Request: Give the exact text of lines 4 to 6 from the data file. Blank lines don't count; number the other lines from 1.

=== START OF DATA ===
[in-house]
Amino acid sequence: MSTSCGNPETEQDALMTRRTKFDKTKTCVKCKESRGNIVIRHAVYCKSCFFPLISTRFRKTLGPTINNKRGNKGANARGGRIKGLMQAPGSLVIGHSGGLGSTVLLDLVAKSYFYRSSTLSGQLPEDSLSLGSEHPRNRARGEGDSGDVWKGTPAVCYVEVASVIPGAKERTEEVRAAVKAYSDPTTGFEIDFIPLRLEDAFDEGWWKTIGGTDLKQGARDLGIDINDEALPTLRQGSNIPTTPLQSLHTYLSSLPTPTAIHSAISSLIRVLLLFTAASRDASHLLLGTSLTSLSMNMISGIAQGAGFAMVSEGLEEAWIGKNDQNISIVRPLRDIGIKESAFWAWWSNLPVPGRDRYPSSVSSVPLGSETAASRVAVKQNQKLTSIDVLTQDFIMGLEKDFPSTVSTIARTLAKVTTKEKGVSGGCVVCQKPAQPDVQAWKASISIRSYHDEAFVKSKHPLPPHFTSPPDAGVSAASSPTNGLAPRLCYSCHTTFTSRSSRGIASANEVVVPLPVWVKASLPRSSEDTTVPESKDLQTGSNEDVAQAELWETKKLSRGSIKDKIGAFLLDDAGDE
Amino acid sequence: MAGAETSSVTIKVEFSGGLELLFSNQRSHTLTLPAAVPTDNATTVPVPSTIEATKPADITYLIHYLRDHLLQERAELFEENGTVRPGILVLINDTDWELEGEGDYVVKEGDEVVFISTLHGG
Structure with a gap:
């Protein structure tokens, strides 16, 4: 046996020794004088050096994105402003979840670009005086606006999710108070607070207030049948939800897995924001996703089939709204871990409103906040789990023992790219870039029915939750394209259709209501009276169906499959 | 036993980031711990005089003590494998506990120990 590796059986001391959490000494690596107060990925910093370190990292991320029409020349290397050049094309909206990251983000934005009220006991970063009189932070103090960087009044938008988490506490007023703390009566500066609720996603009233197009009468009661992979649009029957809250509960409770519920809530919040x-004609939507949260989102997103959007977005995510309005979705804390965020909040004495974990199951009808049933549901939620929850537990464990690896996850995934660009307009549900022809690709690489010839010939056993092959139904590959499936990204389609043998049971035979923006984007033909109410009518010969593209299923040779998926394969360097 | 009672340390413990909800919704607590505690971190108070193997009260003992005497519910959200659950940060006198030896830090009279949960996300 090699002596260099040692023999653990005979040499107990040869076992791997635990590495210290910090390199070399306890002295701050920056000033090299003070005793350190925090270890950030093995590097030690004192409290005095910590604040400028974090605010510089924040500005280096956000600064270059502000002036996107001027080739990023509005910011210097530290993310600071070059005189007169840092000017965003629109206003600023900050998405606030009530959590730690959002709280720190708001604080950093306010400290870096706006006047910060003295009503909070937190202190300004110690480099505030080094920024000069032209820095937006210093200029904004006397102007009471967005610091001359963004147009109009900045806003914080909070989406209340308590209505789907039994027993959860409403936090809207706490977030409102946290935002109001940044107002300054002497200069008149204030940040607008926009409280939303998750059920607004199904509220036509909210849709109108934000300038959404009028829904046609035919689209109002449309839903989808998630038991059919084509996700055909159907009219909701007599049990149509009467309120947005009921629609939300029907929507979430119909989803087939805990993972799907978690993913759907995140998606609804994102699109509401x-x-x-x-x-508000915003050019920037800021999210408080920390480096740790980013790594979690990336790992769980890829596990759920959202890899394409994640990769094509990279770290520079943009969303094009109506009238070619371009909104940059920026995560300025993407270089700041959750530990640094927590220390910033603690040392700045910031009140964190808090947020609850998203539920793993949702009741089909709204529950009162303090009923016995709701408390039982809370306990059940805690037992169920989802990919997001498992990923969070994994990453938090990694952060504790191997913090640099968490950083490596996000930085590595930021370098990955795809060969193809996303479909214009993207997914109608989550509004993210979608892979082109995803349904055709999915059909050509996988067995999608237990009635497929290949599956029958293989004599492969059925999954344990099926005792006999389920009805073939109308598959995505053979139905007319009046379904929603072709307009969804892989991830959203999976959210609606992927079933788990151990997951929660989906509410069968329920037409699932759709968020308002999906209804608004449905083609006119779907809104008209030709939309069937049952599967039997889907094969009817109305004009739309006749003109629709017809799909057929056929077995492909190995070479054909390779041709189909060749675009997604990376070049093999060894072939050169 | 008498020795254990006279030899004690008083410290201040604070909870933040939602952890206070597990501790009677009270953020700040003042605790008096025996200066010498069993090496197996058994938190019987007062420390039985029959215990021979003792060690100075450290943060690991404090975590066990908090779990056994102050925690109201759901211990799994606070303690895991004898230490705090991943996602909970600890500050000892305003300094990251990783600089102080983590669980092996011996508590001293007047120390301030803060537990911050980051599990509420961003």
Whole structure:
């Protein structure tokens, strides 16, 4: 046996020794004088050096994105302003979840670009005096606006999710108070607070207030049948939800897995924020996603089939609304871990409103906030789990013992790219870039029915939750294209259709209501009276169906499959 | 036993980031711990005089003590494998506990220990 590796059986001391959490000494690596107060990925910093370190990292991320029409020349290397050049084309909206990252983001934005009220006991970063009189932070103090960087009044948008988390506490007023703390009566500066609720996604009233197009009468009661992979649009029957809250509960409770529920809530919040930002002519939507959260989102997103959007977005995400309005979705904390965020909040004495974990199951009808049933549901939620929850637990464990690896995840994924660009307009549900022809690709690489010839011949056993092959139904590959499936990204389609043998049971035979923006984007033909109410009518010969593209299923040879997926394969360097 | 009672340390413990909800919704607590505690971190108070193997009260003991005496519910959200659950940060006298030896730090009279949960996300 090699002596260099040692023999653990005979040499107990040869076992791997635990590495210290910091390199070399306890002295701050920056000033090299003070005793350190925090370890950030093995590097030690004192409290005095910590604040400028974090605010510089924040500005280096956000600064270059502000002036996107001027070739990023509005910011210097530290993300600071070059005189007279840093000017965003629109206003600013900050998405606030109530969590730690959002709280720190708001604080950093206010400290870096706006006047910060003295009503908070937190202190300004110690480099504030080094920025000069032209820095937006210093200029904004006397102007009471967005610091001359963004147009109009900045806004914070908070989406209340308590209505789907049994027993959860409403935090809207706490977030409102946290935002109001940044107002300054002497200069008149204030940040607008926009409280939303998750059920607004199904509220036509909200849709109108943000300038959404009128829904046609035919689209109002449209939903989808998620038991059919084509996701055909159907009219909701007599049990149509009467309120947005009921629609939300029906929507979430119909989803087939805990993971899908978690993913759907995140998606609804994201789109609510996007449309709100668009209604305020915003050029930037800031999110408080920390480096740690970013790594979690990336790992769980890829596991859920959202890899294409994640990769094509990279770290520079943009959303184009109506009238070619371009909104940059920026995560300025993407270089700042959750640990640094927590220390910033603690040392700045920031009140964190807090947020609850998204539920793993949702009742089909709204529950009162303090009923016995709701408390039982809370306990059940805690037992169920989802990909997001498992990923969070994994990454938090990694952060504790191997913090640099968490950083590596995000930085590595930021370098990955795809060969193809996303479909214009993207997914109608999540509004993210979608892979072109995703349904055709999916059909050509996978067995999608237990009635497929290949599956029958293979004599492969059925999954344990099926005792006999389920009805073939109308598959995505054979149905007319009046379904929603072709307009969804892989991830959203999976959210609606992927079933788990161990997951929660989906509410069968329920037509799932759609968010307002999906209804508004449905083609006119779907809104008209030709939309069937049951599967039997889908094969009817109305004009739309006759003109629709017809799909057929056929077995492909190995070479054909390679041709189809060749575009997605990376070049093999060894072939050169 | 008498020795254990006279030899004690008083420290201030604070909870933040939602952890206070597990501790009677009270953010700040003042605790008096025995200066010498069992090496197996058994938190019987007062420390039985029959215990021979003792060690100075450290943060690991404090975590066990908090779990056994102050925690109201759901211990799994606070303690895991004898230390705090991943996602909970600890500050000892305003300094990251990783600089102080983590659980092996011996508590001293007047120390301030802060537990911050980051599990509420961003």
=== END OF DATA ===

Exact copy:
Structure with a gap:
């Protein structure tokens, strides 16, 4: 046996020794004088050096994105402003979840670009005086606006999710108070607070207030049948939800897995924001996703089939709204871990409103906040789990023992790219870039029915939750394209259709209501009276169906499959 | 036993980031711990005089003590494998506990120990 590796059986001391959490000494690596107060990925910093370190990292991320029409020349290397050049094309909206990251983000934005009220006991970063009189932070103090960087009044938008988490506490007023703390009566500066609720996603009233197009009468009661992979649009029957809250509960409770519920809530919040x-004609939507949260989102997103959007977005995510309005979705804390965020909040004495974990199951009808049933549901939620929850537990464990690896996850995934660009307009549900022809690709690489010839010939056993092959139904590959499936990204389609043998049971035979923006984007033909109410009518010969593209299923040779998926394969360097 | 009672340390413990909800919704607590505690971190108070193997009260003992005497519910959200659950940060006198030896830090009279949960996300 090699002596260099040692023999653990005979040499107990040869076992791997635990590495210290910090390199070399306890002295701050920056000033090299003070005793350190925090270890950030093995590097030690004192409290005095910590604040400028974090605010510089924040500005280096956000600064270059502000002036996107001027080739990023509005910011210097530290993310600071070059005189007169840092000017965003629109206003600023900050998405606030009530959590730690959002709280720190708001604080950093306010400290870096706006006047910060003295009503909070937190202190300004110690480099505030080094920024000069032209820095937006210093200029904004006397102007009471967005610091001359963004147009109009900045806003914080909070989406209340308590209505789907039994027993959860409403936090809207706490977030409102946290935002109001940044107002300054002497200069008149204030940040607008926009409280939303998750059920607004199904509220036509909210849709109108934000300038959404009028829904046609035919689209109002449309839903989808998630038991059919084509996700055909159907009219909701007599049990149509009467309120947005009921629609939300029907929507979430119909989803087939805990993972799907978690993913759907995140998606609804994102699109509401x-x-x-x-x-508000915003050019920037800021999210408080920390480096740790980013790594979690990336790992769980890829596990759920959202890899394409994640990769094509990279770290520079943009969303094009109506009238070619371009909104940059920026995560300025993407270089700041959750530990640094927590220390910033603690040392700045910031009140964190808090947020609850998203539920793993949702009741089909709204529950009162303090009923016995709701408390039982809370306990059940805690037992169920989802990919997001498992990923969070994994990453938090990694952060504790191997913090640099968490950083490596996000930085590595930021370098990955795809060969193809996303479909214009993207997914109608989550509004993210979608892979082109995803349904055709999915059909050509996988067995999608237990009635497929290949599956029958293989004599492969059925999954344990099926005792006999389920009805073939109308598959995505053979139905007319009046379904929603072709307009969804892989991830959203999976959210609606992927079933788990151990997951929660989906509410069968329920037409699932759709968020308002999906209804608004449905083609006119779907809104008209030709939309069937049952599967039997889907094969009817109305004009739309006749003109629709017809799909057929056929077995492909190995070479054909390779041709189909060749675009997604990376070049093999060894072939050169 | 008498020795254990006279030899004690008083410290201040604070909870933040939602952890206070597990501790009677009270953020700040003042605790008096025996200066010498069993090496197996058994938190019987007062420390039985029959215990021979003792060690100075450290943060690991404090975590066990908090779990056994102050925690109201759901211990799994606070303690895991004898230490705090991943996602909970600890500050000892305003300094990251990783600089102080983590669980092996011996508590001293007047120390301030803060537990911050980051599990509420961003």
Whole structure: